'Do they really think that after imposing a national language (Tagalog) on the rest of the regions, which already have their own languages, they can now also impose a national writing system on those same regions, which also already have their own indigenous writing systems?' Tantingco said.
I also realized that the same problems or difficulty I encountered learning Tagalog (Filipino) in the 1960s are much the same problems experienced by my daughter who belongs to the "centennial generation." I for one can understand the wisdom of the Supreme Court magistrates who've limited the teaching of Filipino to K to 12.
According to home language, English speakers were only 57 percent among native Tagalogs, above the 39 percent of native Cebuano speakers, but below the 67 percent of native Hiligaynon and 65 percent of native Iluko speakers.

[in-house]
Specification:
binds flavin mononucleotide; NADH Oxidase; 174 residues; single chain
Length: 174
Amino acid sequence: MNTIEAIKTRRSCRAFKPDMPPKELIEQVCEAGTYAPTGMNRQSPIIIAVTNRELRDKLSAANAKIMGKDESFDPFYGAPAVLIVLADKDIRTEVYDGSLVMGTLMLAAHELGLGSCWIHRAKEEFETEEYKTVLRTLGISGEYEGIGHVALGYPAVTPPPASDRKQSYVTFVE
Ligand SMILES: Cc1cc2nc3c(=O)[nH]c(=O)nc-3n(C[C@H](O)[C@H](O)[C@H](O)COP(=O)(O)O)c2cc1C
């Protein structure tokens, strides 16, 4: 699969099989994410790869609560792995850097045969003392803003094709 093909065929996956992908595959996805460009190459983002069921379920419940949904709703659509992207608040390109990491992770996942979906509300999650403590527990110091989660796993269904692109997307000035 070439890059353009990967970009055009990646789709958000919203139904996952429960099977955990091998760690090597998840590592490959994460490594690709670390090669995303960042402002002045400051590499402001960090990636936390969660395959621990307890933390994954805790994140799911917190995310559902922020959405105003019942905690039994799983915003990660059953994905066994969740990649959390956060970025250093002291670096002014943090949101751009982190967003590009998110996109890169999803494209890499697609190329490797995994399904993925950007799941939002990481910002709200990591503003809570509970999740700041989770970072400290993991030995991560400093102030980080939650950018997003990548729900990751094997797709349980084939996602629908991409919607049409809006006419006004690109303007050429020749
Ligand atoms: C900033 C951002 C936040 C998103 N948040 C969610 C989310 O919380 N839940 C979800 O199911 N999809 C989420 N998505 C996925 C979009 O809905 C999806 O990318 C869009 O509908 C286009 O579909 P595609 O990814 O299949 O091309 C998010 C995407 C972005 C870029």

Tagalog said they received reports that at least two CA justices have received bribe money in exchange for his issuance of a writ of preliminary injunction.
An example is the way Tagalogs often misinterpret Cebuanos (and other speakers of Visayan languages) as being disrespectful because they do not use the honorific "po." Cebuanos do try to use "po" when speaking Tagalog, but it doesn't flow as easily as with Tagalogs; in fact, Cebuanos sometimes feel that Tagalogs overuse "po" to the point of trivializing politeness.
It was also a challenge for them because these writers were Tagalistas deep in their hearts they wanted a Tagalog that was pure.
Almario confirmed this: 'Tagalog is not the national language, it is Filipino.' He called for an amalgamation (fusion) of the Philippine languages (100, according to a UP linguist I interviewed once), and added: 'The Tagalog sensibility should not prevail as others (non-Tagalogs) resent this (nasasaktan ang iba kaya hindi dapat ipaiiral ang Tagalog sensibility).'